University of Bristol & Cambridge University

11800 Berans Road

Timonium, MD

Phone: 410-308-8991

Dr. Susanne M. Bruyere


Program on Employment & Disability
School of Industrial & Labor Relations

Cornell University

331 Ives

Ithaca, NY 14853-3901

Phone: 607-255-9536

Marlene Burroughs

Associate Division Director

U.S. Department of Education

Office of Special Education Programs

330 C Street SW, MES 3517

Washington, DC 20202-2641

Phone: 202-205-9089

Daniel Hayim

General Manager

Burlington Coat Factory

899 Howard Street

San Francisco, CA 94103

Phone: 451-495-7235

Dawn Le

Account Executive

Solutions Linx

18341 Ductchess Drive

P.O. Box 476

Olney, MD 20830

Phone: 301-260-1516

Fax: 775-521-9866

Kim B. Kim

Executive Director

Korean Resource Center

3201 Rogers Avenue, Suite 203

Ellicott City, MD 21043

Phone: 410-203-1111

Fax: 410 203-2685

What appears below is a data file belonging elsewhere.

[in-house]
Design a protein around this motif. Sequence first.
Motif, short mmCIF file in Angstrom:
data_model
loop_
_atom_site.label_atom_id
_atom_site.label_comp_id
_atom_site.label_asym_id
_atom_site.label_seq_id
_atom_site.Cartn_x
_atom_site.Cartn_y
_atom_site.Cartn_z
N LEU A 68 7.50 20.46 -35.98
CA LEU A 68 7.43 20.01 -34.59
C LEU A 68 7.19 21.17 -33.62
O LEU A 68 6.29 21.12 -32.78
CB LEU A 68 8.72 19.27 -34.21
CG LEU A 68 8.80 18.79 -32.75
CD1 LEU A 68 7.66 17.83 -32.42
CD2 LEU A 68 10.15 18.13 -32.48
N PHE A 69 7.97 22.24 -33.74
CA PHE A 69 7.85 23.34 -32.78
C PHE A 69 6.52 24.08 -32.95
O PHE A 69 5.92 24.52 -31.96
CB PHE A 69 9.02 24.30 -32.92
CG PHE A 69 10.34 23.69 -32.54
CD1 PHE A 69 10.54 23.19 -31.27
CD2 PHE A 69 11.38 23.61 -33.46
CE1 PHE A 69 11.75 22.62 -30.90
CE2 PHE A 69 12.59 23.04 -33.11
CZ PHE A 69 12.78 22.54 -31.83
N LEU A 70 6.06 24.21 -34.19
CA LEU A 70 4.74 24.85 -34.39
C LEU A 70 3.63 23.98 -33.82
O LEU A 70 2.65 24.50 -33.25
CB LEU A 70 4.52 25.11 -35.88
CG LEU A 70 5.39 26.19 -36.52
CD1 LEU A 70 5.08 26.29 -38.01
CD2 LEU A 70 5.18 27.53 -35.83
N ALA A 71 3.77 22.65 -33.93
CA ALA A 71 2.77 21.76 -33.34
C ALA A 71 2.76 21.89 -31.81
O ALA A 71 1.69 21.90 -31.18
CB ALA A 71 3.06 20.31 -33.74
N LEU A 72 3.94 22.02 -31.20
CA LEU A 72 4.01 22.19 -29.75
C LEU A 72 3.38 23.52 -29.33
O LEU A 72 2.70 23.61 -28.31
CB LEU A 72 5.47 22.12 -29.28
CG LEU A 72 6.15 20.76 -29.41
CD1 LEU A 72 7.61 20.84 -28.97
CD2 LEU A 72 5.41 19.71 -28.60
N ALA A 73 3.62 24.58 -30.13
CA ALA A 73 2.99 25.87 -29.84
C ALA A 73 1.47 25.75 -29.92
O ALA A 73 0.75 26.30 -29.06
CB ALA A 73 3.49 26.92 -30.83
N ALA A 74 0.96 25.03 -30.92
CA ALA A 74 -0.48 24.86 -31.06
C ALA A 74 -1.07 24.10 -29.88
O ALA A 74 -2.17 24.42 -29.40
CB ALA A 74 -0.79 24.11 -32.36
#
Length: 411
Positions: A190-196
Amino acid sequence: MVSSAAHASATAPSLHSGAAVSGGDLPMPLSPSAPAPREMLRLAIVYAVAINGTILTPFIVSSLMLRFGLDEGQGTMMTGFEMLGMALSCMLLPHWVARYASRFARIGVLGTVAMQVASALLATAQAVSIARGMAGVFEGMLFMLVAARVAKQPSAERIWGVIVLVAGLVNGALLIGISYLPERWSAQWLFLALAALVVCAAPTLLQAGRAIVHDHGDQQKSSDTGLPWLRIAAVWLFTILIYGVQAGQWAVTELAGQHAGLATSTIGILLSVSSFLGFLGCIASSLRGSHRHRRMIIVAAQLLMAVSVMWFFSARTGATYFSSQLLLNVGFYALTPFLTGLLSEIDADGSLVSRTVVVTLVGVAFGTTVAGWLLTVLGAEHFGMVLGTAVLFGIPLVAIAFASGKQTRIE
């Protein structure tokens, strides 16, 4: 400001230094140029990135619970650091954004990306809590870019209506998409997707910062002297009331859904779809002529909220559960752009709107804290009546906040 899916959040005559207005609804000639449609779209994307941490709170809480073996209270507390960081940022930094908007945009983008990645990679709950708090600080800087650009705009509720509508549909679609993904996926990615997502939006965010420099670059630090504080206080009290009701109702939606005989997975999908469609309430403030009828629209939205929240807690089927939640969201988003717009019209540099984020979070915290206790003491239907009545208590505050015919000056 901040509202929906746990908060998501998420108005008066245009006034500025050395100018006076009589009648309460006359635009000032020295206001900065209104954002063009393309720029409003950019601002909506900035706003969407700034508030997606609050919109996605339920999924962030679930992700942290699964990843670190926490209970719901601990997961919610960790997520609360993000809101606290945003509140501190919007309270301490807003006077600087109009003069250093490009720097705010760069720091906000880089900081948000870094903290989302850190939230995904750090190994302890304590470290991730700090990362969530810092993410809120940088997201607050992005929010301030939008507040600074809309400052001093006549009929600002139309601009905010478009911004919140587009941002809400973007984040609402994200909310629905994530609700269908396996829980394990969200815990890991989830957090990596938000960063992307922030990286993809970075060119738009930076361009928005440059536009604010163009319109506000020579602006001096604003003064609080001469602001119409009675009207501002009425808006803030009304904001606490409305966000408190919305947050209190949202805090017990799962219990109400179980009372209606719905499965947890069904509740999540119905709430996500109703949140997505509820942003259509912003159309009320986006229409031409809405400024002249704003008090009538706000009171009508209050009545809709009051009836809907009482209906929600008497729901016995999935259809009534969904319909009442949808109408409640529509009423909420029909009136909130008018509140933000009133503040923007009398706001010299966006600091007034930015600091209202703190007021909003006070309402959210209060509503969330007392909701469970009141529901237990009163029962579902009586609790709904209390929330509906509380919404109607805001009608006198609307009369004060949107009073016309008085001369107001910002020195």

Marie Campos

Policy & Program Associate

American Association of People with Disabilities

1629 K Street, NW, Suite 503

Washington, DC 20006

Phone: 202-840-8844

Fax: 202-457-0473

Dr. Steve L. Spencer

Senior Research Associate

Interwork Institute
Center for Pacific Studies

San Diego State University

3590 Camino Del Rio North

San Diego, CA 92108

Phone: 858 335-9690

Fax: 619 594-8807

Susan M. Dooha

Executive Director

Center for Independence of Disabled in New York

841 Broadway #205

New York, NY 10003

Phone: 212-674-2300 x140

Fax: 212-254-5953

Lana Smart


National Business & Disability Council

201 I.U. Willets Road

Albertson, NY

Phone: 516 465-1510

Fax: 516 465-3730

Ching-San Huang

Taiwanese American Volunteer Group Leader

Taiwanese Association of America, USA

14416 Settlers Landing Way

Gaithersburg, MD

Phone: 301 903-1161

Fax: 301 217-9384

Judith Gilliom

Disability Program Manager

Department of Defense

4000 Defense Pentagon

Room 3A272

Washington, DC

Phone: 703 697-8661

Joanne Nichols


CNMI Public School System

CNMI, Special Education Programs

P.O. Box 501370

Saipan, MP 96950

Phone: 670 664-3731

Fax: 670 664-3774

Maggie Leedy

Coordinator, One Stop Services

Montgomery Works

11160 Veirs Mill Road